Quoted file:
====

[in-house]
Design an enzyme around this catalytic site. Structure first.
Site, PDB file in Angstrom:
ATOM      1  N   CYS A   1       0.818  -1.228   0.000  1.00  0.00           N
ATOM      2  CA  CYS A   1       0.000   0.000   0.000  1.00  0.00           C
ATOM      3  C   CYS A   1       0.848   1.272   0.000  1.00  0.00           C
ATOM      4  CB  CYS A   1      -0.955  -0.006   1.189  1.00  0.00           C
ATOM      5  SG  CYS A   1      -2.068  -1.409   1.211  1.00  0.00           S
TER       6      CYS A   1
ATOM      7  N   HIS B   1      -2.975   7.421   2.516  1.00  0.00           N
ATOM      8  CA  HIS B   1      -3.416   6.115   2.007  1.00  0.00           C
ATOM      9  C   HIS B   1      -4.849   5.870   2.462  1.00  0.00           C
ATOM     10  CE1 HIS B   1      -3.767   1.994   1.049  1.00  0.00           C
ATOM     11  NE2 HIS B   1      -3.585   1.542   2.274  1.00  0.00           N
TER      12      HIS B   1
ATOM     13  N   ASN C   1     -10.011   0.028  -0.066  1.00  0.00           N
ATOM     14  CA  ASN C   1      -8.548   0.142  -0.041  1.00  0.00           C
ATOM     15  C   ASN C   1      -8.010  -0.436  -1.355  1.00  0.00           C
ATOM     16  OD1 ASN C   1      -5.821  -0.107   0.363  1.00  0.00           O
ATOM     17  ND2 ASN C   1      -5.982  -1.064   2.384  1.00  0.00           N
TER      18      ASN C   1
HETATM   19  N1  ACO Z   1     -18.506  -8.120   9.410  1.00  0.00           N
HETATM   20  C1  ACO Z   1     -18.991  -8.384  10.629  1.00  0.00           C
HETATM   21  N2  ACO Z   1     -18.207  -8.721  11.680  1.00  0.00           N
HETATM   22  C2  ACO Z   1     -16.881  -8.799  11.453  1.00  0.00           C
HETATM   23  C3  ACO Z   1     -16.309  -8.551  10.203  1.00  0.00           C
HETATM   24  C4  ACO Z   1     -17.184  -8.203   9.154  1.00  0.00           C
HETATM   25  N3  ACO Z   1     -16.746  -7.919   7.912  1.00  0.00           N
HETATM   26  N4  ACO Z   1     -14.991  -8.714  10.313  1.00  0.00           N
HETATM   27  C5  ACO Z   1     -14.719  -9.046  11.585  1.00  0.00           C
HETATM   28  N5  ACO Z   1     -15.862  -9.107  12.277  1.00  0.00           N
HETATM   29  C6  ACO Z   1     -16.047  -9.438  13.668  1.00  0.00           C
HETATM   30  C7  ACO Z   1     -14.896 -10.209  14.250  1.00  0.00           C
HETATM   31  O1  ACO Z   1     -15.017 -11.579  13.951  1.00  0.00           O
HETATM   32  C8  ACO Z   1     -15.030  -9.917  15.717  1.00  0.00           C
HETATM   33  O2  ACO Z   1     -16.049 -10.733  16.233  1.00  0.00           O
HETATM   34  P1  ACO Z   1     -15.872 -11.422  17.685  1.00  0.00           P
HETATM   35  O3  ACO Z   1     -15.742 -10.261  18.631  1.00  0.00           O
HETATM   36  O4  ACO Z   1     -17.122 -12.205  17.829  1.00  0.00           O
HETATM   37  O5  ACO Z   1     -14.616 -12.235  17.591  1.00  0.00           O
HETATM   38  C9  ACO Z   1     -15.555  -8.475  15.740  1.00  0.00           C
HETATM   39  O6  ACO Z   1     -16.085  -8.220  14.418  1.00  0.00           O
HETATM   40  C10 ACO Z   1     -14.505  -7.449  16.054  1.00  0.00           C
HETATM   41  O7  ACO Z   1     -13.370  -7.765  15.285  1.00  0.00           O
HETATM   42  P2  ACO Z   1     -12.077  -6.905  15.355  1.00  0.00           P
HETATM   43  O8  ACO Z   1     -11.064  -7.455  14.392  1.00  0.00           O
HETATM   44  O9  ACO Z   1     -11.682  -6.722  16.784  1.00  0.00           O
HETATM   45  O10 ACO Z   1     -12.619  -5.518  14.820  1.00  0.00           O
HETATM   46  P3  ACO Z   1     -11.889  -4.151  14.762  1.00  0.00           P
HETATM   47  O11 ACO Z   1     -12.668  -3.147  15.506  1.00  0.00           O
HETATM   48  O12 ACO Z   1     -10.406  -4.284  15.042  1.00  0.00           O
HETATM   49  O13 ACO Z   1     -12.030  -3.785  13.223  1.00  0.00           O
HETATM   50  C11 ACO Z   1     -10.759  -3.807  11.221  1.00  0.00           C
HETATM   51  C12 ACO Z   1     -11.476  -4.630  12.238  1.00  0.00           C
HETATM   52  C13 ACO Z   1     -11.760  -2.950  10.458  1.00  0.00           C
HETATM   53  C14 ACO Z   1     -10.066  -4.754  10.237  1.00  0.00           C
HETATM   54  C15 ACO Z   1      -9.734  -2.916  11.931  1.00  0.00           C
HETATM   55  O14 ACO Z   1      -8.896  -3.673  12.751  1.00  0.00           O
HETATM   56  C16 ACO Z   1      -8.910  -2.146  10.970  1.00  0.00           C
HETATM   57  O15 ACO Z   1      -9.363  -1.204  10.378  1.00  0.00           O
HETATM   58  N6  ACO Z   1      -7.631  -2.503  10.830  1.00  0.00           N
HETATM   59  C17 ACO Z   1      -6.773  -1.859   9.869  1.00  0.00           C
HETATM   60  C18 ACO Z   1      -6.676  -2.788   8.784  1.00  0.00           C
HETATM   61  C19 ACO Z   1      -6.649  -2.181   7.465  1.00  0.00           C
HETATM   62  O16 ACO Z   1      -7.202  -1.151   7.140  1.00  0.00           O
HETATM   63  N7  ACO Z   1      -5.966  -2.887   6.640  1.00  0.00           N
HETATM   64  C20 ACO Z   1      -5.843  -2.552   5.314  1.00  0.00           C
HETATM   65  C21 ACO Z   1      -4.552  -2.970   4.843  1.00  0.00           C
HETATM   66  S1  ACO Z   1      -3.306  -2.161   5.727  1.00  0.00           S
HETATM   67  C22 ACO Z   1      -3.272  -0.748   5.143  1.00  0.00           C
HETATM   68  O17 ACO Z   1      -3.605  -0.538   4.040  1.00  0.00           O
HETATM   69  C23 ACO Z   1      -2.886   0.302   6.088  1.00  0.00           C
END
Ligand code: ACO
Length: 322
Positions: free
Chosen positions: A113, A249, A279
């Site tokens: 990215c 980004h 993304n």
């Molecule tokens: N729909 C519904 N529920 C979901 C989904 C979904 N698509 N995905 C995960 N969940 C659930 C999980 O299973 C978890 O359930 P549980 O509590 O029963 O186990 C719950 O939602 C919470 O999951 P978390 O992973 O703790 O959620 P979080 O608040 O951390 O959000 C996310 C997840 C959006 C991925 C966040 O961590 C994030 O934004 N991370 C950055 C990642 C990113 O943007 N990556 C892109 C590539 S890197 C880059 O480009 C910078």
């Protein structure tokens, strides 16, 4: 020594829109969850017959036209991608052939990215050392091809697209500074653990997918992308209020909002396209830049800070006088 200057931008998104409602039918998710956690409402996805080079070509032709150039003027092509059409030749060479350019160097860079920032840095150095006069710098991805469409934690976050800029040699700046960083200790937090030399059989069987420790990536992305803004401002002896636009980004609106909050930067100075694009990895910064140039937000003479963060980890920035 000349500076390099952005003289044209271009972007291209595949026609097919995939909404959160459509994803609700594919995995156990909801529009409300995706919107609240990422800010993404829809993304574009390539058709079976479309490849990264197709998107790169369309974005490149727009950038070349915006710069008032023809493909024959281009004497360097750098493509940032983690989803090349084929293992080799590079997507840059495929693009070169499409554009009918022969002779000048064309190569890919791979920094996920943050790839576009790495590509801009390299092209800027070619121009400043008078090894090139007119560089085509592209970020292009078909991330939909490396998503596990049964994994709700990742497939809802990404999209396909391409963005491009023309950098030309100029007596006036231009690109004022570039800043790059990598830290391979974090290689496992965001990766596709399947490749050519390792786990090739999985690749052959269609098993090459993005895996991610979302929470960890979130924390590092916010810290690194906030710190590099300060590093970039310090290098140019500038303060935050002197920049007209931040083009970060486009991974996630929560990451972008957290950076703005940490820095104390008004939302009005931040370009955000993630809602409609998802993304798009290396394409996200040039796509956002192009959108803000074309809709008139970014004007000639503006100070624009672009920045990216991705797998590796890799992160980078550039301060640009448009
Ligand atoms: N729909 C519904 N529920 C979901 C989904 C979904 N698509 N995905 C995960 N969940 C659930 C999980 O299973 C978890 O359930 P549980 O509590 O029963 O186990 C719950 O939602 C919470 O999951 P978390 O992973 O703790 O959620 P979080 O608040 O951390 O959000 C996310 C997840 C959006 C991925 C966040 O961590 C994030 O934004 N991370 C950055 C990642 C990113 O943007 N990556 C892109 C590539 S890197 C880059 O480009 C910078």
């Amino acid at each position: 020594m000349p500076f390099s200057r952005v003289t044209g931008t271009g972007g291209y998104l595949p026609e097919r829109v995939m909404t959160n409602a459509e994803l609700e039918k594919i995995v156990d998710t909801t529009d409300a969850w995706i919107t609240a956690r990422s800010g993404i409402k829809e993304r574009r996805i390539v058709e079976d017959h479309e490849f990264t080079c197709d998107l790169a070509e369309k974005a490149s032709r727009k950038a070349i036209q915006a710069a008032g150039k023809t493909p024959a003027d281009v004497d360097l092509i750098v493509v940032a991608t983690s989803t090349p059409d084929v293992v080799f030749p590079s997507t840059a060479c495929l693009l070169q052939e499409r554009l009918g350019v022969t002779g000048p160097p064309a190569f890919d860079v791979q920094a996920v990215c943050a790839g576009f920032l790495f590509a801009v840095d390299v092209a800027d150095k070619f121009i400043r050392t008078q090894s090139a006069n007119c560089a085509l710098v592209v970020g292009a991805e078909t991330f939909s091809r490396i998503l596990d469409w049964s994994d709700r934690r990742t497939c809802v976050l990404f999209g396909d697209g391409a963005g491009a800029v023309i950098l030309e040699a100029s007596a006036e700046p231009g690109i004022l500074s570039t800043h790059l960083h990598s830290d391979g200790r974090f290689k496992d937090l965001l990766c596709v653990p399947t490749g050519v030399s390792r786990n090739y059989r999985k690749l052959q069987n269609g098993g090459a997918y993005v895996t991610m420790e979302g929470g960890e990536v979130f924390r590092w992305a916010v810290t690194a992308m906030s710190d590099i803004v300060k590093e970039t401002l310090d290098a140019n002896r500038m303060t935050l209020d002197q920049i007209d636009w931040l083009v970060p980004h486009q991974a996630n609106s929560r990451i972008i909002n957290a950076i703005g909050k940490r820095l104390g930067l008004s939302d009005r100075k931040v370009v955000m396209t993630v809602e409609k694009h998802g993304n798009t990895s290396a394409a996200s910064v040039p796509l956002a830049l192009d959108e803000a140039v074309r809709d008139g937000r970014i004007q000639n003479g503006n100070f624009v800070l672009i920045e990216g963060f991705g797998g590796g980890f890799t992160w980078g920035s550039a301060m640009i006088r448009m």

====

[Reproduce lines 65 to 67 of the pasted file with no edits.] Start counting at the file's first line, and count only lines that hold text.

HETATM   62  O16 ACO Z   1      -7.202  -1.151   7.140  1.00  0.00           O
HETATM   63  N7  ACO Z   1      -5.966  -2.887   6.640  1.00  0.00           N
HETATM   64  C20 ACO Z   1      -5.843  -2.552   5.314  1.00  0.00           C